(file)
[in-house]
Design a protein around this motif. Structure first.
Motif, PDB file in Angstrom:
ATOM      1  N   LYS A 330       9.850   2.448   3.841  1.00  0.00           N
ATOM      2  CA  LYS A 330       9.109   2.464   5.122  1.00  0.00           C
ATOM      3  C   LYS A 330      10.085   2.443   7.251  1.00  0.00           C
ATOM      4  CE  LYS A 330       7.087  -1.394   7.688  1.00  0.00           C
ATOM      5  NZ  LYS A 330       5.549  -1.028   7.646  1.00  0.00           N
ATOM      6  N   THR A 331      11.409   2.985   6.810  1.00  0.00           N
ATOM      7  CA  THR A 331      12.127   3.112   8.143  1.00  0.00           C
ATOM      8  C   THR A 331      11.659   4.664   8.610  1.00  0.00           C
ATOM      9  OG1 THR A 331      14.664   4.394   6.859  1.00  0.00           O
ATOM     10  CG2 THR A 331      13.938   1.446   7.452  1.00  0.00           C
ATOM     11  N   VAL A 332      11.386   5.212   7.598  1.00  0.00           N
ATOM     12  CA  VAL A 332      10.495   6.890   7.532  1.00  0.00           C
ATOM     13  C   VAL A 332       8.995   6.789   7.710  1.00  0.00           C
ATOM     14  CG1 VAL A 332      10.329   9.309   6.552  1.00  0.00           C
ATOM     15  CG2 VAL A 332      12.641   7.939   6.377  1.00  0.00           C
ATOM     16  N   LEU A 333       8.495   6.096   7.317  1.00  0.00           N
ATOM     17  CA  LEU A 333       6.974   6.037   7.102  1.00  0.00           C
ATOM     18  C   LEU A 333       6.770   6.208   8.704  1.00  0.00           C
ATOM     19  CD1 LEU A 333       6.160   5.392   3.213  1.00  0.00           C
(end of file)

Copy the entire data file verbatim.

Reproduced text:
[in-house]
Design a protein around this motif. Structure first.
Motif, PDB file in Angstrom:
ATOM      1  N   LYS A 330       9.850   2.448   3.841  1.00  0.00           N
ATOM      2  CA  LYS A 330       9.109   2.464   5.122  1.00  0.00           C
ATOM      3  C   LYS A 330      10.085   2.443   7.251  1.00  0.00           C
ATOM      4  CE  LYS A 330       7.087  -1.394   7.688  1.00  0.00           C
ATOM      5  NZ  LYS A 330       5.549  -1.028   7.646  1.00  0.00           N
ATOM      6  N   THR A 331      11.409   2.985   6.810  1.00  0.00           N
ATOM      7  CA  THR A 331      12.127   3.112   8.143  1.00  0.00           C
ATOM      8  C   THR A 331      11.659   4.664   8.610  1.00  0.00           C
ATOM      9  OG1 THR A 331      14.664   4.394   6.859  1.00  0.00           O
ATOM     10  CG2 THR A 331      13.938   1.446   7.452  1.00  0.00           C
ATOM     11  N   VAL A 332      11.386   5.212   7.598  1.00  0.00           N
ATOM     12  CA  VAL A 332      10.495   6.890   7.532  1.00  0.00           C
ATOM     13  C   VAL A 332       8.995   6.789   7.710  1.00  0.00           C
ATOM     14  CG1 VAL A 332      10.329   9.309   6.552  1.00  0.00           C
ATOM     15  CG2 VAL A 332      12.641   7.939   6.377  1.00  0.00           C
ATOM     16  N   LEU A 333       8.495   6.096   7.317  1.00  0.00           N
ATOM     17  CA  LEU A 333       6.974   6.037   7.102  1.00  0.00           C
ATOM     18  C   LEU A 333       6.770   6.208   8.704  1.00  0.00           C
ATOM     19  CD1 LEU A 333       6.160   5.392   3.213  1.00  0.00           C